5. Ed Welburn: VP global design, GM (59, American)

Only the sixth ever design leader for the General and the first to hold the position of global design VP created in 2005. Five years in he now oversees 10 design centres in eight countries from the US to China with a 1500-strong team. The brand portfolio may have shrunk in 2009 but he's marshalled significant change in aesthetics and quality for the brands that are left – Buick (Enclave, La Crosse), Cadillac (CTS), and even GMC (Granite concept) plus Opel and Vauxhall in Europe. Before all this, as director of advanced design, he also led the excellent GM AUTOnomy and Hy-wire fuel-cell projects. Big job, (relatively) low profile.



4. Adrian Van Hooydonk: BMW Group design and BMW director (46, Dutch)

A BMW man through and through, joining in 1992 and since thoroughly involved with Chris Bangle and his highly controversial but also very influential 'flame surfacing' design language of the last decade. Busier and more complex exterior surfacing cropped up across the car industry after their work and is still prevalent today. He followed in Bangle's footsteps (but luckily not his fashion sense) to become BMW's design director in 2004 and then in addition head of group design, including Mini and Rolls-Royce, when his mentor stepped down in 2009. Beyond cars, van Hooydonk 'gets' the bigger design picture and was president of BMW's product consultancy DesignworksUSA in LA for three years. Although BMW's current mainstream car designs have calmed down under his watch, a brand and a designer still capable of producing stunning cars such as the new production Z4 and the Vision Efficient Dynamics concept has a very positive future.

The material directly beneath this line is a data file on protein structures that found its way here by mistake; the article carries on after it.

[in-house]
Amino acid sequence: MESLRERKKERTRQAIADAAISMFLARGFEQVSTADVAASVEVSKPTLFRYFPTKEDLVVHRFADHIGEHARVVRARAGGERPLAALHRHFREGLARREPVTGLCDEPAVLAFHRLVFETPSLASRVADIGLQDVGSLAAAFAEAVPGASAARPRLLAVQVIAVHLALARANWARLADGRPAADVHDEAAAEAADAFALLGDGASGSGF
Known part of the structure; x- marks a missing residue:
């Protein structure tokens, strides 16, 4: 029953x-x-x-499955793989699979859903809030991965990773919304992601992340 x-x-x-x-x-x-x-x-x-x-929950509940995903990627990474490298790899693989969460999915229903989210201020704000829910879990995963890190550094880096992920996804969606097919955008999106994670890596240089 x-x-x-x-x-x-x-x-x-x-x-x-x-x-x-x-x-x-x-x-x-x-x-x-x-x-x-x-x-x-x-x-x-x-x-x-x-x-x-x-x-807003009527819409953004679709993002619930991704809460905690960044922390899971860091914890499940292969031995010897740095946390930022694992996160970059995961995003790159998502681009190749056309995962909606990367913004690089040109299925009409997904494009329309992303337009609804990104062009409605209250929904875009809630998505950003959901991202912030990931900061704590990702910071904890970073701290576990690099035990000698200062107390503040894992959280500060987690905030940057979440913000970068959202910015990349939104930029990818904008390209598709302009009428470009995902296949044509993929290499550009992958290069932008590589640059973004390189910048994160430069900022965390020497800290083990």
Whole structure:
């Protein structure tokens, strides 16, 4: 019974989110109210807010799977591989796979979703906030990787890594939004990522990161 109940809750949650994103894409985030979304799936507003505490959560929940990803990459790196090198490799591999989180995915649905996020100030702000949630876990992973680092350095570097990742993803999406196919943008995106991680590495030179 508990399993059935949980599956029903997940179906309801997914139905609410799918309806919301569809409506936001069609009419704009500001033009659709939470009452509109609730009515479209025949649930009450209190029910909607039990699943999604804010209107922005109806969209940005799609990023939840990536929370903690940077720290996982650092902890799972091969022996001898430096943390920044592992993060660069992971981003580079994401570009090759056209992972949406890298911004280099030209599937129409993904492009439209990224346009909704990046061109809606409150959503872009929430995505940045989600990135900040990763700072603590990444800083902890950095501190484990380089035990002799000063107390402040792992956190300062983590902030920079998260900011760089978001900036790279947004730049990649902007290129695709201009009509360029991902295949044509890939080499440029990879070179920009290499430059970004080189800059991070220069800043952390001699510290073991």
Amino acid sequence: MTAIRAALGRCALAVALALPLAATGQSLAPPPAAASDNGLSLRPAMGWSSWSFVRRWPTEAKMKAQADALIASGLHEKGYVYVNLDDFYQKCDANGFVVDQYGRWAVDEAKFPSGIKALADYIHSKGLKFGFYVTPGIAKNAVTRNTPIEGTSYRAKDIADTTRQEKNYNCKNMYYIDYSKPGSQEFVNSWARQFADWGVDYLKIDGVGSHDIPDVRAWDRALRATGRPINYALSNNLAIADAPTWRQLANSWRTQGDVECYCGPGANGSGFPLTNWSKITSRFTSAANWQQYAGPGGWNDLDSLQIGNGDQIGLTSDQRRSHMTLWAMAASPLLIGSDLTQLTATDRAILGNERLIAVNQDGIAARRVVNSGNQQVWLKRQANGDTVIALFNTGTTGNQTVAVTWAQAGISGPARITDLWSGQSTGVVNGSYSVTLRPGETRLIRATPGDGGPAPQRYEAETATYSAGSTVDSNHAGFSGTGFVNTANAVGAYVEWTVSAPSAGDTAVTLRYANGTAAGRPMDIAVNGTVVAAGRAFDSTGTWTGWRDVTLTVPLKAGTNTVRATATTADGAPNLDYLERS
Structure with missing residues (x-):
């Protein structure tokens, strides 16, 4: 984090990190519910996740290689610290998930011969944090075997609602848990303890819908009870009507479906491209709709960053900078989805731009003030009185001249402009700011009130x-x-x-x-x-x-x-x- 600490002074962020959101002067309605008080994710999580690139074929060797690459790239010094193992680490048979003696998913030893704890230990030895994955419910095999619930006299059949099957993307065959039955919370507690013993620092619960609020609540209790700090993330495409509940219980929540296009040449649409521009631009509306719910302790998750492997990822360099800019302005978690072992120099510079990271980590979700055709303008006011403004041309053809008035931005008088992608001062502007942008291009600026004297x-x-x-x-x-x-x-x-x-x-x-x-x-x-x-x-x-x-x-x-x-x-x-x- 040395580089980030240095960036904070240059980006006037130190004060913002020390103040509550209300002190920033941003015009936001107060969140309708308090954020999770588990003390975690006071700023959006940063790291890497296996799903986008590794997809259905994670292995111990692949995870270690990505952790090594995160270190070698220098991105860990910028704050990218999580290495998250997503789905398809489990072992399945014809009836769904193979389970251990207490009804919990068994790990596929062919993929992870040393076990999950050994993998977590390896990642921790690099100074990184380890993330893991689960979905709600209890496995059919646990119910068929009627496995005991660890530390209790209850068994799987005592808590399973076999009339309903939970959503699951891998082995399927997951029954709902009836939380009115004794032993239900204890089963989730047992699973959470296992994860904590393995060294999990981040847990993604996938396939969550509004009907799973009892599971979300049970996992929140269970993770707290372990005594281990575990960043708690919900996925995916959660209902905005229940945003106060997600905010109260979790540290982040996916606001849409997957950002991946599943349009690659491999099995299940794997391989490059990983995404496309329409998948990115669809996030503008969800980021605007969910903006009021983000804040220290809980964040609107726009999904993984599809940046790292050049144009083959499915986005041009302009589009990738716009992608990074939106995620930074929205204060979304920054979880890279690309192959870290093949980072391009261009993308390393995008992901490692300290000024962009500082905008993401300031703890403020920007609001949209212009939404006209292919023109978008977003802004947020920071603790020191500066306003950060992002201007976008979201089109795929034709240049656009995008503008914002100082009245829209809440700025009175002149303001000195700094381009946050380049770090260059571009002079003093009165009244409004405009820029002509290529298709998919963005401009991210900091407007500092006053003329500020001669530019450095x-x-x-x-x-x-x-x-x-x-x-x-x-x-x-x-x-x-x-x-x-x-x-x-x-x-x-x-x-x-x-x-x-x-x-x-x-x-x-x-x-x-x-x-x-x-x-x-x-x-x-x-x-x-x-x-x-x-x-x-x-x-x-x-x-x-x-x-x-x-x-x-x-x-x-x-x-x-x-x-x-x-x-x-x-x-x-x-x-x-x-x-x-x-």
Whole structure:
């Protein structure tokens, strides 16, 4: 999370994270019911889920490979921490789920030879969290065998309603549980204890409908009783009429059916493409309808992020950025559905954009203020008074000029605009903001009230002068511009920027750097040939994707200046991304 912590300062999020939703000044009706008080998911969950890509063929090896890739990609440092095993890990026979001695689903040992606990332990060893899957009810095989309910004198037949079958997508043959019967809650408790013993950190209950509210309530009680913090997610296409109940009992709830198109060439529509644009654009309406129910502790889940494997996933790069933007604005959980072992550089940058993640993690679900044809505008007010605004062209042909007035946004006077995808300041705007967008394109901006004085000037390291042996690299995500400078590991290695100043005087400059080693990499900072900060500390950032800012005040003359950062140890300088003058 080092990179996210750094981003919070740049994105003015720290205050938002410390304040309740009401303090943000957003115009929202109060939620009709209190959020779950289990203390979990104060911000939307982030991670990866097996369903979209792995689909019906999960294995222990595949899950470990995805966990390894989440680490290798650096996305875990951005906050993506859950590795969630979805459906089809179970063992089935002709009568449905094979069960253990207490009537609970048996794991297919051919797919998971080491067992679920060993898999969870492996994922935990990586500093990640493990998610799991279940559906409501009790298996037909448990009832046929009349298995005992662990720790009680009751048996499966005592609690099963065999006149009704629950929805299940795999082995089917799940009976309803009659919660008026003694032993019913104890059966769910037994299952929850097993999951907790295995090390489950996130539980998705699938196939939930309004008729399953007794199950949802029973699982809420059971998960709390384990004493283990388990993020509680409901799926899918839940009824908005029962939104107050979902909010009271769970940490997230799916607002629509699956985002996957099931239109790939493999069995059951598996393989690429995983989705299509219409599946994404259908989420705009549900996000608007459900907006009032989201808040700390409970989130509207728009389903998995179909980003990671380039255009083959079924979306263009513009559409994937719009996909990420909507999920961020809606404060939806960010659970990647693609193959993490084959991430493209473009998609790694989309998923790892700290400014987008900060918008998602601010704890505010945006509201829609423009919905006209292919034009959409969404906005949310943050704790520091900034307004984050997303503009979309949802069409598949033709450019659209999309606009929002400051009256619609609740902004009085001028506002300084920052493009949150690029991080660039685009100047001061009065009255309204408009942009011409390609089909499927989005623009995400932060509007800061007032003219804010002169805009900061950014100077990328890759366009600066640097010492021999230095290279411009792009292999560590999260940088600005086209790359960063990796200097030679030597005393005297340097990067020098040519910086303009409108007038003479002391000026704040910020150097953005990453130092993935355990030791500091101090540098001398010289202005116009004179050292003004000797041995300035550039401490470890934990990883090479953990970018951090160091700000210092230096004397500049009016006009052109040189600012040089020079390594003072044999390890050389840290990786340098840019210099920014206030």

3. Shiro Nakamura: Nissan senior vice president and chief creative officer of design (59, Japanese)

Nakamura is the man who put Japanese car design on the map after decades of copycat and me-too designs. Headhunted from under-the-radar Isuzu in 1999 he oversaw an onslaught of radical concepts and high-selling production cars as part of Carlos Ghosn's 'Nissan Revival Plan' including the Chappo, Cube, Jikoo, Effis, 350Z, Murano, various Micras, the Qashqai, (and soon Juke) as well as the FX45 production car and Essence concept for Infiniti – described by CAR as 'sexier than Kate Moss naked'. Key to his success is not only his ability and work ethic – he allegedly often does 12-hour days working from a chauffeur-driven GT-R – but also his skill and willingness to communicate his designs' relevance internally and externally and his global experience (he studied at Art Center in the US and has worked in Europe and Japan). Bonus pub fact: played jazz double bass to semi-pro standard before starting in the car industry.